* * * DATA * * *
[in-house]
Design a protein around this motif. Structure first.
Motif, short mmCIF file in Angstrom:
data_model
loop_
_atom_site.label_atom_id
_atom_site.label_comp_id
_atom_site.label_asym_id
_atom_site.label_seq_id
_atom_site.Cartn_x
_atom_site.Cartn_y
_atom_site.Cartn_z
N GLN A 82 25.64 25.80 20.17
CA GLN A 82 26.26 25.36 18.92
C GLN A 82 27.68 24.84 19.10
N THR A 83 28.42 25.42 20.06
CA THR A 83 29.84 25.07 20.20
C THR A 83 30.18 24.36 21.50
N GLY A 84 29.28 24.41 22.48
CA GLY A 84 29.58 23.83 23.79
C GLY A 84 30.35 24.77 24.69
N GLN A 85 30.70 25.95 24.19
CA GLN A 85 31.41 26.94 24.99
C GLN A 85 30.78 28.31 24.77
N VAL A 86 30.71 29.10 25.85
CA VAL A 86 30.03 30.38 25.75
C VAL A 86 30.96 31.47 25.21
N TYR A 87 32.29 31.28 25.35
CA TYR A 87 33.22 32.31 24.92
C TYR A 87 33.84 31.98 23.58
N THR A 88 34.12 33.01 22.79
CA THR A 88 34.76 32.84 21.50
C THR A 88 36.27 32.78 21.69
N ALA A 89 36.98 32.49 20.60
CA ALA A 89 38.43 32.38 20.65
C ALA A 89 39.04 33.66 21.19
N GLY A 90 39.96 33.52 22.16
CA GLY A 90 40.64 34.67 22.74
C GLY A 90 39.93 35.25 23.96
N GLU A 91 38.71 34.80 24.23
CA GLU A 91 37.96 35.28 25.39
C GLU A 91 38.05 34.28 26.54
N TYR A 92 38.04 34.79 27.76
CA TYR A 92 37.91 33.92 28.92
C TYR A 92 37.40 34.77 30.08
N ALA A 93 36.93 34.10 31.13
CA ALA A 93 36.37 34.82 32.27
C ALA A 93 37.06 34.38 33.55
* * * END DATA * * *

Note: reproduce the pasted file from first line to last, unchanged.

[in-house]
Design a protein around this motif. Structure first.
Motif, short mmCIF file in Angstrom:
data_model
loop_
_atom_site.label_atom_id
_atom_site.label_comp_id
_atom_site.label_asym_id
_atom_site.label_seq_id
_atom_site.Cartn_x
_atom_site.Cartn_y
_atom_site.Cartn_z
N GLN A 82 25.64 25.80 20.17
CA GLN A 82 26.26 25.36 18.92
C GLN A 82 27.68 24.84 19.10
N THR A 83 28.42 25.42 20.06
CA THR A 83 29.84 25.07 20.20
C THR A 83 30.18 24.36 21.50
N GLY A 84 29.28 24.41 22.48
CA GLY A 84 29.58 23.83 23.79
C GLY A 84 30.35 24.77 24.69
N GLN A 85 30.70 25.95 24.19
CA GLN A 85 31.41 26.94 24.99
C GLN A 85 30.78 28.31 24.77
N VAL A 86 30.71 29.10 25.85
CA VAL A 86 30.03 30.38 25.75
C VAL A 86 30.96 31.47 25.21
N TYR A 87 32.29 31.28 25.35
CA TYR A 87 33.22 32.31 24.92
C TYR A 87 33.84 31.98 23.58
N THR A 88 34.12 33.01 22.79
CA THR A 88 34.76 32.84 21.50
C THR A 88 36.27 32.78 21.69
N ALA A 89 36.98 32.49 20.60
CA ALA A 89 38.43 32.38 20.65
C ALA A 89 39.04 33.66 21.19
N GLY A 90 39.96 33.52 22.16
CA GLY A 90 40.64 34.67 22.74
C GLY A 90 39.93 35.25 23.96
N GLU A 91 38.71 34.80 24.23
CA GLU A 91 37.96 35.28 25.39
C GLU A 91 38.05 34.28 26.54
N TYR A 92 38.04 34.79 27.76
CA TYR A 92 37.91 33.92 28.92
C TYR A 92 37.40 34.77 30.08
N ALA A 93 36.93 34.10 31.13
CA ALA A 93 36.37 34.82 32.27
C ALA A 93 37.06 34.38 33.55